In Python, just like in almost any other OOP language, chances are that you'll find yourself needing to generate a random number at some point. Whether you're just completing an exercise in algorithms to better familiarize yourself with the language, or if you're trying to write more complex code, you can't call yourself a Python coder without knowing how to generate random numbers.

Check out the code snippet below to see how it works to generate a number between 1 and 100.

``````import random
for x in range(10):
print random.randint(1,101)
``````

The code above will print 10 random values of numbers between 1 and 100. The second line, for x in range(10), determines how many values will be printed (when you use range(x), the number that you use in place of x will be the amount of values that you'll have printed. if you want 20 values, use range(20). use range(5) if you only want 5 values returned, etc.). Then the third line: print random.randint(1,101) will automatically select a random integer between 1 and 100 for you. The process is fairly simple.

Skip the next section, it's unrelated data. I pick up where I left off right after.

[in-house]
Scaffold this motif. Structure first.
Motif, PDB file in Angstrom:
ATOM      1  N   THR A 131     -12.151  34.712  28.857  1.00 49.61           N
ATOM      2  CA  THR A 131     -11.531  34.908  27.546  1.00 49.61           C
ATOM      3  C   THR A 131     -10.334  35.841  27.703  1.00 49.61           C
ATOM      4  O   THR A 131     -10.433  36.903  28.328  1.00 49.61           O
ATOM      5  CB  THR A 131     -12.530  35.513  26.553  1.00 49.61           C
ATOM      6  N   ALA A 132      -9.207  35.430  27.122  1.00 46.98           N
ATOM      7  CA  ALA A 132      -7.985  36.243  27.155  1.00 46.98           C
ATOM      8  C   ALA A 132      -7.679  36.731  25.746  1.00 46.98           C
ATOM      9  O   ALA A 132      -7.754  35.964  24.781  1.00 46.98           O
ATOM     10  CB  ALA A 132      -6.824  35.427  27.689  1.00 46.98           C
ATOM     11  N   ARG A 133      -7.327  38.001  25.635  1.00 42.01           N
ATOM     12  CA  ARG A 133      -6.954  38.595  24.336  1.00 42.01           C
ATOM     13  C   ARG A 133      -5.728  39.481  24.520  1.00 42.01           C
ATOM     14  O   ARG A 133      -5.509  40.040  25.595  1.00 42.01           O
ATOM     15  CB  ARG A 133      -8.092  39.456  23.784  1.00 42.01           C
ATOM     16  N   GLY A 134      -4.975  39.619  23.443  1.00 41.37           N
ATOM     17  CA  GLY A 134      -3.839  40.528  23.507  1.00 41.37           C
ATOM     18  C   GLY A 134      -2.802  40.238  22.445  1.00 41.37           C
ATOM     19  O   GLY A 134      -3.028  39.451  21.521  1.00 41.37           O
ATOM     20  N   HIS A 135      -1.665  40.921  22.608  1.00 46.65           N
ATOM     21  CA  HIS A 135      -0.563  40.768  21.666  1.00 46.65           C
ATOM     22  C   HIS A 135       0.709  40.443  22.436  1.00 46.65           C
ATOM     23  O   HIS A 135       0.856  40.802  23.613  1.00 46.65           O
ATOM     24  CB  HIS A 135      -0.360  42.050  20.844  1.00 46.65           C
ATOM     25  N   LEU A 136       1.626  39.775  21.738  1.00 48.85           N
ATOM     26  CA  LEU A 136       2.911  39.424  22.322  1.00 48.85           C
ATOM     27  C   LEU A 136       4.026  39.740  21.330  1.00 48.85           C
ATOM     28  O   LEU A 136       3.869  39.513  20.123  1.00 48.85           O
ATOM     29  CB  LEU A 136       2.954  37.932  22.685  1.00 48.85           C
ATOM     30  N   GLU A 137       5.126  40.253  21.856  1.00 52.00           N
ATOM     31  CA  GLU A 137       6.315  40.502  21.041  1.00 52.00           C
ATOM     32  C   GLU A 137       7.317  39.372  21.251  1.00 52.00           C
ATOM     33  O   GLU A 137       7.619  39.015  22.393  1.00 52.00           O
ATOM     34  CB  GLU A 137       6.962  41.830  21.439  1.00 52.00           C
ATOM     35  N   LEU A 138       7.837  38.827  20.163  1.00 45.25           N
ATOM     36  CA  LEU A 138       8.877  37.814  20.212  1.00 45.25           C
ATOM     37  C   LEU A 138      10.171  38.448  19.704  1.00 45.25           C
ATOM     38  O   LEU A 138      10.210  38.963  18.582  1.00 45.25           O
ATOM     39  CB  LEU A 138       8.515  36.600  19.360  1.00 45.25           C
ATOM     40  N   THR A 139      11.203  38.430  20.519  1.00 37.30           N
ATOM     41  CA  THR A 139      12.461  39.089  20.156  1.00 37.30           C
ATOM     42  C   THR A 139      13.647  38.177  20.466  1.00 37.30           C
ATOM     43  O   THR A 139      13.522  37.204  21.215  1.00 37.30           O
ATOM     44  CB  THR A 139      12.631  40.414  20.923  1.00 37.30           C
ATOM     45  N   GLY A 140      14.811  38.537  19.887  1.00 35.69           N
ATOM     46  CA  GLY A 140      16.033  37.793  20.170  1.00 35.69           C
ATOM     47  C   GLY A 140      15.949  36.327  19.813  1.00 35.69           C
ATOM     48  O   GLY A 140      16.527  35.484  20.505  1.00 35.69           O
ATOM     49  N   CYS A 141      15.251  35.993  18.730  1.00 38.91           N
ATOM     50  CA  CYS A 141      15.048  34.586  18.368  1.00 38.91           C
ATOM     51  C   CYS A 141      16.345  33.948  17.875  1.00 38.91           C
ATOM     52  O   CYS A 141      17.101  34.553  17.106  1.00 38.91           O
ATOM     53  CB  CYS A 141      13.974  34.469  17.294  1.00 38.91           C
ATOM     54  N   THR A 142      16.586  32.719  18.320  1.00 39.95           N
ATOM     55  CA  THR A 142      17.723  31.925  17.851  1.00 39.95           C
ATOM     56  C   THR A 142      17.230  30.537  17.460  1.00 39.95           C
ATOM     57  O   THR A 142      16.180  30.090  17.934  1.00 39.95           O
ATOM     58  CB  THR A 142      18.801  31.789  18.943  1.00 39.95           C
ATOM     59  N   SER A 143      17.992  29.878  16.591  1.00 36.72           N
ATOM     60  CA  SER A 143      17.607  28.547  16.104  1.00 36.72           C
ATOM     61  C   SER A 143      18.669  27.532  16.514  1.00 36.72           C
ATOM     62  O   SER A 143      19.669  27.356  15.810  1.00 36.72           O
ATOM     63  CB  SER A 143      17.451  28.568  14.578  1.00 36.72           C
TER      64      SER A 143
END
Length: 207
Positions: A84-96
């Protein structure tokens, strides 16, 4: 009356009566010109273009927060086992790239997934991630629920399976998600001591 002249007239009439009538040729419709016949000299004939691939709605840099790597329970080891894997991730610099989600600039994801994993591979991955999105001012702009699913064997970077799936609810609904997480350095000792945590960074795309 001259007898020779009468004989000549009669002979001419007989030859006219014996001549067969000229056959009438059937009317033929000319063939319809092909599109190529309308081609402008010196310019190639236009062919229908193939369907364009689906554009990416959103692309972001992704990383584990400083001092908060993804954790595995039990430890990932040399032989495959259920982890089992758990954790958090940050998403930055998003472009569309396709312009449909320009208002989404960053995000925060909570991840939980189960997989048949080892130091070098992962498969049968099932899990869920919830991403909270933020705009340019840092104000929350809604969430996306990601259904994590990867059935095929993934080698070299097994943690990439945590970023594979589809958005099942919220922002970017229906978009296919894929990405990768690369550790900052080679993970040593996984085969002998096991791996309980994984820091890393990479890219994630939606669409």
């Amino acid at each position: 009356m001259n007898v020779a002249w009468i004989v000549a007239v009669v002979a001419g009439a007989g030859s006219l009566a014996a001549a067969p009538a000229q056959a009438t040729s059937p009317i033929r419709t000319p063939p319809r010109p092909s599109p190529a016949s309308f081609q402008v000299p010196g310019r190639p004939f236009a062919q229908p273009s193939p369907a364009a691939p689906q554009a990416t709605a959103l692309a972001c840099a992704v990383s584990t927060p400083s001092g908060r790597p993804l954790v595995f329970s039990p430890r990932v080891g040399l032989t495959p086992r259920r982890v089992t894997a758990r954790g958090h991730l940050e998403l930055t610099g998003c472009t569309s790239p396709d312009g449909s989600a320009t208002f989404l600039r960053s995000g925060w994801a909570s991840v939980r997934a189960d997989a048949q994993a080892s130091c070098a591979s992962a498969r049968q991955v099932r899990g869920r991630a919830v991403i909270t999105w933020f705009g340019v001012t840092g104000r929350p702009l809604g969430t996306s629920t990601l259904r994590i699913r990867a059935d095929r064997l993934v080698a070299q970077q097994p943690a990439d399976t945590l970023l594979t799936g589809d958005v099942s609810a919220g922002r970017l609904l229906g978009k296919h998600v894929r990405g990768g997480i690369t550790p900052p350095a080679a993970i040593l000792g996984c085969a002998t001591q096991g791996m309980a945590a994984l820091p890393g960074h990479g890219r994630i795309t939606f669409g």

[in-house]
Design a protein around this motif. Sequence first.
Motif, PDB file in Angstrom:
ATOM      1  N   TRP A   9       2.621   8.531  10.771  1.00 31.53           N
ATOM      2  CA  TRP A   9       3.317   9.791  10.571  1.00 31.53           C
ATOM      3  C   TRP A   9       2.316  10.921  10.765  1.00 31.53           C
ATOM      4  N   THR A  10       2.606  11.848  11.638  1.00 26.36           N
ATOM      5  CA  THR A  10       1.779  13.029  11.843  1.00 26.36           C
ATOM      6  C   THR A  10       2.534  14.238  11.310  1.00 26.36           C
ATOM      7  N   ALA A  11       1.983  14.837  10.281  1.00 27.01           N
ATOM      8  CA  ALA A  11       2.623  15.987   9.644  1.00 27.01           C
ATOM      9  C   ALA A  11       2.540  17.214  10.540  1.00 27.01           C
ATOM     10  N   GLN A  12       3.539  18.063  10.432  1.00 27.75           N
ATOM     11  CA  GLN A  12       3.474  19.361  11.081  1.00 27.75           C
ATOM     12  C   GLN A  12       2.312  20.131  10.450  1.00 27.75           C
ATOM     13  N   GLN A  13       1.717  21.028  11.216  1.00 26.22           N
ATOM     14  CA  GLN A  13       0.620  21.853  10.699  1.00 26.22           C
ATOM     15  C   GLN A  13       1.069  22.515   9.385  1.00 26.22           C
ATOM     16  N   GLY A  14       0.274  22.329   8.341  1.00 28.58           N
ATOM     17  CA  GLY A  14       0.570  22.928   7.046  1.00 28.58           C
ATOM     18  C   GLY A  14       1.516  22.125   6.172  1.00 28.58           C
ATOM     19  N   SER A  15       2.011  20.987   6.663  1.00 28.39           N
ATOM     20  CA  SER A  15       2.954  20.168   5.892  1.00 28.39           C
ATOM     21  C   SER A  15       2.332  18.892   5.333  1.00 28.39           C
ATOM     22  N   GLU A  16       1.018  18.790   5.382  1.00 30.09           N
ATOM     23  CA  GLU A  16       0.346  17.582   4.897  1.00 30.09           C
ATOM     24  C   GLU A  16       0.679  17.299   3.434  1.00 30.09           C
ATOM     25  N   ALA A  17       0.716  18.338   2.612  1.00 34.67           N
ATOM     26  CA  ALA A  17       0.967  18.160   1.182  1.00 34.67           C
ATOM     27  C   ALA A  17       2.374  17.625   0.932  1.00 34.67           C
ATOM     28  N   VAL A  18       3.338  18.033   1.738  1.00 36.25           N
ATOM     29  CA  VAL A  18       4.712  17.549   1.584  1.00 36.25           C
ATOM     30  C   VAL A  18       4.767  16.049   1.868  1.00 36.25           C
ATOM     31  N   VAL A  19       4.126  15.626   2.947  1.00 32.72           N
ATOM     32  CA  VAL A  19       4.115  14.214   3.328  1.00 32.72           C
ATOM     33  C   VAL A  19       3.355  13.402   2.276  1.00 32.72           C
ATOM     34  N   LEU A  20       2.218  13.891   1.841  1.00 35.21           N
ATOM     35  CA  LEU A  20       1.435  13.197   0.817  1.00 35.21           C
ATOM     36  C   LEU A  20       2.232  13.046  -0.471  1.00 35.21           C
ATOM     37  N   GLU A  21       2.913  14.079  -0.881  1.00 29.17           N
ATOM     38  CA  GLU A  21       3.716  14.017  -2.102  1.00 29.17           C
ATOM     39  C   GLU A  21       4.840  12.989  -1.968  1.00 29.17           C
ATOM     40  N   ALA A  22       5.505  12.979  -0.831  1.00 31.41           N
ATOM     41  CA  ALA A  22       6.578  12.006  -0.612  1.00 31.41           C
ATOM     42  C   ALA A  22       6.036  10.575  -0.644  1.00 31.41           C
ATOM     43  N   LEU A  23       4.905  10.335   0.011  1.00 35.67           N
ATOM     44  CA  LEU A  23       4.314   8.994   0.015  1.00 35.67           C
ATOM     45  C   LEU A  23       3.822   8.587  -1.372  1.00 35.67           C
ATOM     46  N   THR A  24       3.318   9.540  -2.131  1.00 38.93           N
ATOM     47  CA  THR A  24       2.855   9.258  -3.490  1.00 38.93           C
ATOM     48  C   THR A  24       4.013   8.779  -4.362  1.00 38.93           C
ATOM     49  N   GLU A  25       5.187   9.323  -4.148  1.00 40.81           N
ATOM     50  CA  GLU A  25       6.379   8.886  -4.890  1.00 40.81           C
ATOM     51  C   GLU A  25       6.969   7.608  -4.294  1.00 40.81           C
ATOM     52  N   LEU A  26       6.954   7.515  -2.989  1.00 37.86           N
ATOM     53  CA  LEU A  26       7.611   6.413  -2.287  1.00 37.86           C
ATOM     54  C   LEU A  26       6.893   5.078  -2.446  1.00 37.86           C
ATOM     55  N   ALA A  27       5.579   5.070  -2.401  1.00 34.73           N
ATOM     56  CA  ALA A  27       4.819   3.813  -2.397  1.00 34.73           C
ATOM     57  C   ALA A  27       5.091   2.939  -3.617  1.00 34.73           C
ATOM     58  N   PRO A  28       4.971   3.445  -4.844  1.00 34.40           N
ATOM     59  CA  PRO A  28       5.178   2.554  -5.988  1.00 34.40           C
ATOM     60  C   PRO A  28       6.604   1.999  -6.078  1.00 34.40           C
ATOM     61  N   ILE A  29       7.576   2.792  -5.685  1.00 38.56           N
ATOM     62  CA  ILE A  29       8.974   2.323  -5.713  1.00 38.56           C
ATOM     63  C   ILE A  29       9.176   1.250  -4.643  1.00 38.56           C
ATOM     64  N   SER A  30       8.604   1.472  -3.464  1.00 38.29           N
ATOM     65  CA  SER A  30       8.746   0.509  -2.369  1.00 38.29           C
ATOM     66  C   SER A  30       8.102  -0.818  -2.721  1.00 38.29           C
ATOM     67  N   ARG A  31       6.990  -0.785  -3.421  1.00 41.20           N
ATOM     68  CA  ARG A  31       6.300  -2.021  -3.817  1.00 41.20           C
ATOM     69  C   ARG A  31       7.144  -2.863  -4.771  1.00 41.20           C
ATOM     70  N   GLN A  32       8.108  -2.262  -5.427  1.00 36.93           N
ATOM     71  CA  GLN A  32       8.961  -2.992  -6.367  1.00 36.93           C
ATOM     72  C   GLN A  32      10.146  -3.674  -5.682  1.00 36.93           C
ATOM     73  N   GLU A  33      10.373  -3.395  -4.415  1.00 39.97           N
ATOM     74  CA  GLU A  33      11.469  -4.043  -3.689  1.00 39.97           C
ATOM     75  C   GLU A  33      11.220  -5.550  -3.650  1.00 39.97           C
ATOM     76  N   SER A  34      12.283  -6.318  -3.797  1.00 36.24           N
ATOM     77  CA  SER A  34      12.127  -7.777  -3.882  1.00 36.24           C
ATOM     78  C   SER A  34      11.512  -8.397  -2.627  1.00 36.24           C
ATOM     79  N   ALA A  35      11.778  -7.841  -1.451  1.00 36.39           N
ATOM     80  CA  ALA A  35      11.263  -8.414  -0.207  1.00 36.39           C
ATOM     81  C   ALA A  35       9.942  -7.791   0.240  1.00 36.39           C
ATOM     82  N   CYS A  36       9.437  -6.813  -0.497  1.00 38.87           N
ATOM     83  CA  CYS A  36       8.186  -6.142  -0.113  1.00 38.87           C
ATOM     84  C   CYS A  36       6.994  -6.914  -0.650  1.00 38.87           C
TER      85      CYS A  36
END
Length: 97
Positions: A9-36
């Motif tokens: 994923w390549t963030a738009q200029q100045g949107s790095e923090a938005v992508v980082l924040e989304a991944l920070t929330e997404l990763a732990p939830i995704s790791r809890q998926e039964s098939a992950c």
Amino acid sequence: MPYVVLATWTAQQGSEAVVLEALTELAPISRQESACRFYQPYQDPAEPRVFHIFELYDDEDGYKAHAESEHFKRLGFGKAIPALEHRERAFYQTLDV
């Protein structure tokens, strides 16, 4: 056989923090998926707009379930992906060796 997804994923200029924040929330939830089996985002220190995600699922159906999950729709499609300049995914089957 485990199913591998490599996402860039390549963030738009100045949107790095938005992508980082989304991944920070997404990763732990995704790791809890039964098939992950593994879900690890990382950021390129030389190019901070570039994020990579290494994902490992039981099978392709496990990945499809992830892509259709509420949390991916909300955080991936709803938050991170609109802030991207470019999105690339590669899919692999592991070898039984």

What if, however, you wanted to select a random integer that was between 1 and 100 but also a multiple of five? This is a little more complicated. The process is the same, but you'll need to use a little more arithmetic to make sure that the random integer is in fact a multiple of five. Check out the code below:

``````import random
for x in range(10):
print random.randint(1,21)*5,
print``````

Basically this code will generate a random number between 1 and 20, and then multiply that number by 5. So not only will every number printed be a multiple of 5, but the highest number that can be printed is 100 (20*5=100). Play around with the code yourself and see if you can generate a random number between 1-100 where every number generated is a multiple of ten!